As easy as it can be to imagine that the need for Asbestos Awareness Training is a thing of the past, new stories are continually emerging that demonstrates its contemporary importance to be greater than ever. One such case is that of a former marine engineer from Wardley, Gateshead, who has won a legal bid for compensation after being diagnosed with the aggressive asbestos-related cancer, mesothelioma. |
The dad-of-three, Colin Thorn's diagnosis with the incurable cancer of the lung lining came in December 2013, and follows a long career at the Ministry of Defence, which has admitted responsibility for the 59-year old being exposed to asbestos while he worked. He was subjected to the fibres as he repaired pipework on various vessels and during cleaning procedures on board nuclear submarines during his 1971-1995 spell with the MoD.
Thorn described himself and his wife, Deborah, as having been "knocked for six" by the diagnosis, particularly as it had resulted from him simply going to work and doing his job. He said that the breathlessness that he now experienced rendered him unable to work and prevented him from going out as much as he used to. He admitted to being "extremely concerned" about what the future held for him and his wife as his condition worsened.
He also expressed extreme anger at not having been given the equipment that would prevent his inhalation of asbestos during his work onboard Royal Navy vessels. He also signified his delight at receiving the settlement from the MoD, stating that he would use it to fund the care that he will require with the deterioration of his condition, and to improve the financial security of his wife.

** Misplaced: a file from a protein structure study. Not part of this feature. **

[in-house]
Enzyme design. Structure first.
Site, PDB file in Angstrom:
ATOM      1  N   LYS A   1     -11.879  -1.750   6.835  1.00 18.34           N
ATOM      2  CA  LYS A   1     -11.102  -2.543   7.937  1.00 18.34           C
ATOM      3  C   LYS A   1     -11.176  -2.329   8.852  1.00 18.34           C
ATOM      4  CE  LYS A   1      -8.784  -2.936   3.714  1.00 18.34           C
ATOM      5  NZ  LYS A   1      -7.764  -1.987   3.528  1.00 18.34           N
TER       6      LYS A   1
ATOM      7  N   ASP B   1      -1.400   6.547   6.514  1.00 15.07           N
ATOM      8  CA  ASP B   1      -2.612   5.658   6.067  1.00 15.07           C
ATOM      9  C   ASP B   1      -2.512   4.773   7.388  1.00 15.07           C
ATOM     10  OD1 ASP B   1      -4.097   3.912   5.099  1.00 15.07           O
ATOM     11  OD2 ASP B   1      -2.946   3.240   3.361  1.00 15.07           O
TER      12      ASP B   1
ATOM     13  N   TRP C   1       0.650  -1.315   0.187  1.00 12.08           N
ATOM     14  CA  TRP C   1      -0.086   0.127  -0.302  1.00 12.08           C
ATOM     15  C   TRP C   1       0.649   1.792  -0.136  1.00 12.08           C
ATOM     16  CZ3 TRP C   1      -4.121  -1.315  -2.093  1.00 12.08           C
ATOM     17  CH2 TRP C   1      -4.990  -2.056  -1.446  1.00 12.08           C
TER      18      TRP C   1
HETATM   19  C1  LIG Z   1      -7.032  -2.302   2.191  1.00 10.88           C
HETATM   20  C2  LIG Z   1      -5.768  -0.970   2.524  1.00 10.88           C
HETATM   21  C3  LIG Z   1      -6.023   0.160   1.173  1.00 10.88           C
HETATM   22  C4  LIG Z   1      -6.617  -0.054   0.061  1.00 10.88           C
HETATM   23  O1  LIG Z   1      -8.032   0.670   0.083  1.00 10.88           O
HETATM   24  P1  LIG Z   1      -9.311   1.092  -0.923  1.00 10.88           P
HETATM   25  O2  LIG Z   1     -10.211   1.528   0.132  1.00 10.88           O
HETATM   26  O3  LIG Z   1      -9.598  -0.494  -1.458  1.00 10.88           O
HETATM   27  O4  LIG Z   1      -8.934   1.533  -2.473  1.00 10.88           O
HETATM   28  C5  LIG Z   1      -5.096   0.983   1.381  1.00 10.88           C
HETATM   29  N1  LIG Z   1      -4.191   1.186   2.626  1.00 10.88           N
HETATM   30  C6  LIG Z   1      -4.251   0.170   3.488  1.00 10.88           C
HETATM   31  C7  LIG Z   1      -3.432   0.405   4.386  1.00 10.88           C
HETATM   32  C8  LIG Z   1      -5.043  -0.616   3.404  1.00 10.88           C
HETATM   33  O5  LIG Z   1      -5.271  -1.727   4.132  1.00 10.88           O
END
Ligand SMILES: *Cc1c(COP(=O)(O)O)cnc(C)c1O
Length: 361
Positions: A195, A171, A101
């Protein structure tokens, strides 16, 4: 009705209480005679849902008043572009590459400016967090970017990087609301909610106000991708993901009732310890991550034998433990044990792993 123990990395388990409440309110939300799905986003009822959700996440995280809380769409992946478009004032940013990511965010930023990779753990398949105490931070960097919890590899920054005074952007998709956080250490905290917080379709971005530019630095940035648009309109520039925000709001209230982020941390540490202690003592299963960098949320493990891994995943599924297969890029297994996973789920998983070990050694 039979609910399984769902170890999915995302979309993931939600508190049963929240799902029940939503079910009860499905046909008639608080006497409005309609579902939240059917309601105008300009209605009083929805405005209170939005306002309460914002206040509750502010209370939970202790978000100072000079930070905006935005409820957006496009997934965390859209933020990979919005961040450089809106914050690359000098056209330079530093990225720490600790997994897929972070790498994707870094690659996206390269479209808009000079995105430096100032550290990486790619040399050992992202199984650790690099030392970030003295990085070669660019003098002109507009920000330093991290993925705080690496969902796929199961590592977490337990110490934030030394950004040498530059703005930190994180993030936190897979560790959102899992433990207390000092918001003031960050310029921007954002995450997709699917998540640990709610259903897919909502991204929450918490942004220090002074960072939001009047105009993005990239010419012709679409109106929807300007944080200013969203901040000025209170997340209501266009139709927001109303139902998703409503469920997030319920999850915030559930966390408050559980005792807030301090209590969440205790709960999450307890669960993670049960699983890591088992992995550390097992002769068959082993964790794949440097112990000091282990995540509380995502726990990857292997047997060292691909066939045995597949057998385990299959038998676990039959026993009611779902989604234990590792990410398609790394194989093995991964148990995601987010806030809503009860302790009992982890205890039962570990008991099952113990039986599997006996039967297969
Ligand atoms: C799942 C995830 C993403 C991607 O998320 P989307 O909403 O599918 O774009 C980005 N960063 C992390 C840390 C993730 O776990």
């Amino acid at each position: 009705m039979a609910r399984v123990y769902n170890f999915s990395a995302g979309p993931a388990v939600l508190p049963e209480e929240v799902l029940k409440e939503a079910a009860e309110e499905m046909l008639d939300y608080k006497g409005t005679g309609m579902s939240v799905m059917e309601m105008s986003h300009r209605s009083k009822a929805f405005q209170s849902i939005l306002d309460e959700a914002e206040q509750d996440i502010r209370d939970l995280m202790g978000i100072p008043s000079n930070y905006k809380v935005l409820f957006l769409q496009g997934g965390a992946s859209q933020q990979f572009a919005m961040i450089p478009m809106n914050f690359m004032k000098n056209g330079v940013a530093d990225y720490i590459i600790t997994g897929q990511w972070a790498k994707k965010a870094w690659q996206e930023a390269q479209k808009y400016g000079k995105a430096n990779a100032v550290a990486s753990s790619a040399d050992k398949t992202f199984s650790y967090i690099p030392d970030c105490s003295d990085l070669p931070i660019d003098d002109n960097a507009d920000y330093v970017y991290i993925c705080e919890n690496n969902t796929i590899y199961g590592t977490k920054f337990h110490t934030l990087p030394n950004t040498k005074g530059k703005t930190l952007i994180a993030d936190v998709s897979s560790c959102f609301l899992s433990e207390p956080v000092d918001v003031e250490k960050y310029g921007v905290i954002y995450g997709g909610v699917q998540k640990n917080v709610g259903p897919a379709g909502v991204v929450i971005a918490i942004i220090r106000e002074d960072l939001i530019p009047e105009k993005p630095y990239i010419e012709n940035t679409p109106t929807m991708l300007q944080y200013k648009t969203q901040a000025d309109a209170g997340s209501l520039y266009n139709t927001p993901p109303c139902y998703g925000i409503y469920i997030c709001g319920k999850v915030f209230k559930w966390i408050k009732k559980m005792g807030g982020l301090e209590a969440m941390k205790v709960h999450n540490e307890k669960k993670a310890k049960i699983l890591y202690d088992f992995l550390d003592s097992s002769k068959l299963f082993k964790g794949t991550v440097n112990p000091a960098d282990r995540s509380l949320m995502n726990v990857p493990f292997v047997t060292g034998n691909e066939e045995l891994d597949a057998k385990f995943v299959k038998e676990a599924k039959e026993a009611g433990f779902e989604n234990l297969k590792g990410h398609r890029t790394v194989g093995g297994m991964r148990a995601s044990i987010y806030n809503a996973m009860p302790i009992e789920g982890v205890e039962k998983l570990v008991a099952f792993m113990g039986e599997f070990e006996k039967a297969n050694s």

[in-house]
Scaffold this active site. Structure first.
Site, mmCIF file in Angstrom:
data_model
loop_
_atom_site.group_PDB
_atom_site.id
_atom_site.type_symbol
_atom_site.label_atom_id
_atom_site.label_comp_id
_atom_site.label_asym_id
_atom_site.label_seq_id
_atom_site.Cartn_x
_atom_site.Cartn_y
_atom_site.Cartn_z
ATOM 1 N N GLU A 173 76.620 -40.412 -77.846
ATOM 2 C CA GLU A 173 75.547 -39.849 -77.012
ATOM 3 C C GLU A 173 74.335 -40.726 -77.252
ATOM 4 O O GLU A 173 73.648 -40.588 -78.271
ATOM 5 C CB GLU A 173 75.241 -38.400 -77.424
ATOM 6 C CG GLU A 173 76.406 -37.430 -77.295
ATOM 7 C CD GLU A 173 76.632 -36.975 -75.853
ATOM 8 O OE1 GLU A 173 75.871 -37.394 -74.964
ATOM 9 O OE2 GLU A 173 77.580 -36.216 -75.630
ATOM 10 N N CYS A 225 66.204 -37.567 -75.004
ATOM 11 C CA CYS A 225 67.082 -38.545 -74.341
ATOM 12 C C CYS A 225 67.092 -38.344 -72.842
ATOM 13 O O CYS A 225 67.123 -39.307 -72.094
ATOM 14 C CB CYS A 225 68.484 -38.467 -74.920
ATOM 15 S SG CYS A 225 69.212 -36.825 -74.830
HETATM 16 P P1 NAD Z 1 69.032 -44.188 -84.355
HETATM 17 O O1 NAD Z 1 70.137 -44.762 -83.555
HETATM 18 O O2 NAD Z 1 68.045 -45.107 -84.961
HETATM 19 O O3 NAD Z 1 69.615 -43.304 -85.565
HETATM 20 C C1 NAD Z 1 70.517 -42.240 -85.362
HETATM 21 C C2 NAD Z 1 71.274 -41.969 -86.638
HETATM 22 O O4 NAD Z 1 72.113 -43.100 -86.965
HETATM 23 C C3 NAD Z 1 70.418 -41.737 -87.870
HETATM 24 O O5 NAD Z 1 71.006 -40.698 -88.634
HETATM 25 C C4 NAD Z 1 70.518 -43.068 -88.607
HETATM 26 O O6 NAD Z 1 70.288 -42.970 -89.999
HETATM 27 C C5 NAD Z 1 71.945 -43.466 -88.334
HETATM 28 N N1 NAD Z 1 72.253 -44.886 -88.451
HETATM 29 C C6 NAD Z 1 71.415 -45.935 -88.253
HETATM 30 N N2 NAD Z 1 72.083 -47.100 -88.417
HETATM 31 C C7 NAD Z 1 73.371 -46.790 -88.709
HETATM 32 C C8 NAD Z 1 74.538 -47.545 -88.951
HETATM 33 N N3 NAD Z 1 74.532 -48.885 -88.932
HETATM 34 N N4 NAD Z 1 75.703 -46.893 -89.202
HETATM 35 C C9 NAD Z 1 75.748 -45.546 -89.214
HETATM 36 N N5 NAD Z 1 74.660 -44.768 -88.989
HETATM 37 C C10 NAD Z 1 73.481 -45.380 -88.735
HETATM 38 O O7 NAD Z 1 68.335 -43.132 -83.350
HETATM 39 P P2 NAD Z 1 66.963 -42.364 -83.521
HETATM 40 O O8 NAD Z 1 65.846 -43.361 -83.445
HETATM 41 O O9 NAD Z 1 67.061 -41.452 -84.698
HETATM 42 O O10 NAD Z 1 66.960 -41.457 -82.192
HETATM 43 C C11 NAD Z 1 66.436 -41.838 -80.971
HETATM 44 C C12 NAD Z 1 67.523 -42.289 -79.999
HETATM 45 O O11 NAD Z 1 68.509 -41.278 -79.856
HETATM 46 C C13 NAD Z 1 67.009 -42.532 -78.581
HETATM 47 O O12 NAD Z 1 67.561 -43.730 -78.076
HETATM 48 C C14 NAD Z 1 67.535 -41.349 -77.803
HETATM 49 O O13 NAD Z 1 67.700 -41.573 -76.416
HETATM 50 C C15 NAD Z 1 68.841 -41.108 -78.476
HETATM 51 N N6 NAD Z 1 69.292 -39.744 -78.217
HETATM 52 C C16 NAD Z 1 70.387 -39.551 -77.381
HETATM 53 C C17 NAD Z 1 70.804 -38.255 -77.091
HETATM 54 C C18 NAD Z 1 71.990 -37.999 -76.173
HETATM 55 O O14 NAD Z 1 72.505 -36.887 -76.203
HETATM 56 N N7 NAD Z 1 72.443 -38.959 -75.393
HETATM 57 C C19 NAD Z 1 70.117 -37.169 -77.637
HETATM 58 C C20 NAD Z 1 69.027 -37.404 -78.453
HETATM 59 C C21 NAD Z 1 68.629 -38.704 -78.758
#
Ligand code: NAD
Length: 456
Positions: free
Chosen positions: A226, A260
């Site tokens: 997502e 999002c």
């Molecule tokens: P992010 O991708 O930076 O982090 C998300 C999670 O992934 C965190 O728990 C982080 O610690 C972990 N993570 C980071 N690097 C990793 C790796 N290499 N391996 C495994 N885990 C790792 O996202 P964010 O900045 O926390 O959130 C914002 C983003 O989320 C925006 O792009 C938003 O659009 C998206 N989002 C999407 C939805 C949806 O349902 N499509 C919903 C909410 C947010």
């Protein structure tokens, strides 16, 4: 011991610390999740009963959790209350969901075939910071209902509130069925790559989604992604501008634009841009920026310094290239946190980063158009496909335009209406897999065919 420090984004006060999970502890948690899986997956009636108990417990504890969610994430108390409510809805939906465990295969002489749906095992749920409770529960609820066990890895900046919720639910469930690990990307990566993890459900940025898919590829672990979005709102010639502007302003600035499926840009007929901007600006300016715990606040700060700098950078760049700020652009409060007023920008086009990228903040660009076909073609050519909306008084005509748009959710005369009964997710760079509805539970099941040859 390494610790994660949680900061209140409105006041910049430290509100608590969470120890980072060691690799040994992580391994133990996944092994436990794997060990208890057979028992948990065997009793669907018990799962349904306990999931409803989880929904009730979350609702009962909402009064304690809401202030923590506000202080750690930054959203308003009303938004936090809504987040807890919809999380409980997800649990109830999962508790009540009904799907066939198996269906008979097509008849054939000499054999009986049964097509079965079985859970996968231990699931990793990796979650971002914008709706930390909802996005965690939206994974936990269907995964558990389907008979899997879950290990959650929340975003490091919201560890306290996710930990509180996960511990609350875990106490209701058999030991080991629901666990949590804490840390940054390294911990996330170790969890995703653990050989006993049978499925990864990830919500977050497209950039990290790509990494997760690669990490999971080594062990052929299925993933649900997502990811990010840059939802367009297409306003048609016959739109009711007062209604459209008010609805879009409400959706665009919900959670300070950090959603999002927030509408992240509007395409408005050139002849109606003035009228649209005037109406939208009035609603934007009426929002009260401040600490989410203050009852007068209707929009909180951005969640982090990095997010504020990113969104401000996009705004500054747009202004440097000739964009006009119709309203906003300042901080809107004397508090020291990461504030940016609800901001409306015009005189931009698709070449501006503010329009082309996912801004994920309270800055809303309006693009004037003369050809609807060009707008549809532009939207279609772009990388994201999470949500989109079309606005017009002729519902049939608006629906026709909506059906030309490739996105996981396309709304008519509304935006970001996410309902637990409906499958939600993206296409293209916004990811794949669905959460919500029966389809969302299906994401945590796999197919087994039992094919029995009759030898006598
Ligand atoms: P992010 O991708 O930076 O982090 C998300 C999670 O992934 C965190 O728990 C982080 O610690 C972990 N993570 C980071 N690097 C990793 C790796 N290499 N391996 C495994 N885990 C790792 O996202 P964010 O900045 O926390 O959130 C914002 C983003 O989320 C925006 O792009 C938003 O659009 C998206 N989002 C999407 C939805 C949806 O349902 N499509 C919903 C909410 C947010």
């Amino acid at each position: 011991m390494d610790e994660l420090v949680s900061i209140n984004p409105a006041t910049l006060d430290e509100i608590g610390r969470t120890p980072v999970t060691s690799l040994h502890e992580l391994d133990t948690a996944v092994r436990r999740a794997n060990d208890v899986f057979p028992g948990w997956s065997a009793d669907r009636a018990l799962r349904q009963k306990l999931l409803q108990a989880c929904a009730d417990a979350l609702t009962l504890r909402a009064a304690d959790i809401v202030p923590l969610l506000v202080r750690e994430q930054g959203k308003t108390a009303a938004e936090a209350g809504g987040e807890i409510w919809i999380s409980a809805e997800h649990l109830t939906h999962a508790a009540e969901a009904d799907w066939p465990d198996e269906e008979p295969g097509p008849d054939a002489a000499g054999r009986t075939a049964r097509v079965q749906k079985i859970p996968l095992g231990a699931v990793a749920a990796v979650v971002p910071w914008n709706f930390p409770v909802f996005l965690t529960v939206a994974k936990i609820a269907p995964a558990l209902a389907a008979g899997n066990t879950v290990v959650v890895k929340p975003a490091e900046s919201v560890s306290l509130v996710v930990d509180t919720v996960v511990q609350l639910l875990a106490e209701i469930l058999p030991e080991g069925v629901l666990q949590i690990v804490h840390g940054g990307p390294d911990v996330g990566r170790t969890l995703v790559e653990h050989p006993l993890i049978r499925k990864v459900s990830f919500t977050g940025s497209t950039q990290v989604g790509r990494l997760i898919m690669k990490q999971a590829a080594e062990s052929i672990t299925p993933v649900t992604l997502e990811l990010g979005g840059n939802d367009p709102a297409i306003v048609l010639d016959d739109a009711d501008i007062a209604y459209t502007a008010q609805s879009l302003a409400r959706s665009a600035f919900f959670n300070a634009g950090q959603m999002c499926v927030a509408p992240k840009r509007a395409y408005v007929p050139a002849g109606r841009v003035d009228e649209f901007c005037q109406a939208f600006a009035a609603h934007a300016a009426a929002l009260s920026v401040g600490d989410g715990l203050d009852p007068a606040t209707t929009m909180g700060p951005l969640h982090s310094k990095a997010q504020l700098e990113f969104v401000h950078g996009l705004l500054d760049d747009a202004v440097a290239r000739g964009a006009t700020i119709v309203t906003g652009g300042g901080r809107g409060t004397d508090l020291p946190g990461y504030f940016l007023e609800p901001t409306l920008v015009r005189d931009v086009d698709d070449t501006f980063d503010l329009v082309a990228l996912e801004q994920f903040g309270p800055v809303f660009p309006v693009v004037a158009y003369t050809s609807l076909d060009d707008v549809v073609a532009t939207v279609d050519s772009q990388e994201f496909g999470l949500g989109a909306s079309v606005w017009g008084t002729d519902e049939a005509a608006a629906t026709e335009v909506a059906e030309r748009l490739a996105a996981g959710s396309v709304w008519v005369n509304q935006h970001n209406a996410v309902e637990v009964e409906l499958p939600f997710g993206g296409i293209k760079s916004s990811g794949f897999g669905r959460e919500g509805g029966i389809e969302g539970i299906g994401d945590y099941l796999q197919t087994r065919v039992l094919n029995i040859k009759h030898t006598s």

Not only was Thorn not offered any form of breathing mask or respiratory equipment for his work, he told his lawyers, but there were also no measures in place to prevent asbestos dust spreading. Such words will certainly strike a chord with those who might not have previously realised the continued vital role played by Asbestos Awareness Training in today's organisations.
The news of Thorn's compensation award comes as a nurse has been appointed in the North East to deal specifically with mesothelioma victims. People who have received a diagnosis for the life-threatening respiratory disease in Northumberland and North Tyneside will be able to receive support from Leah Taylor, who will also work with other regional teams to ensure better access to support groups, information and treatments.
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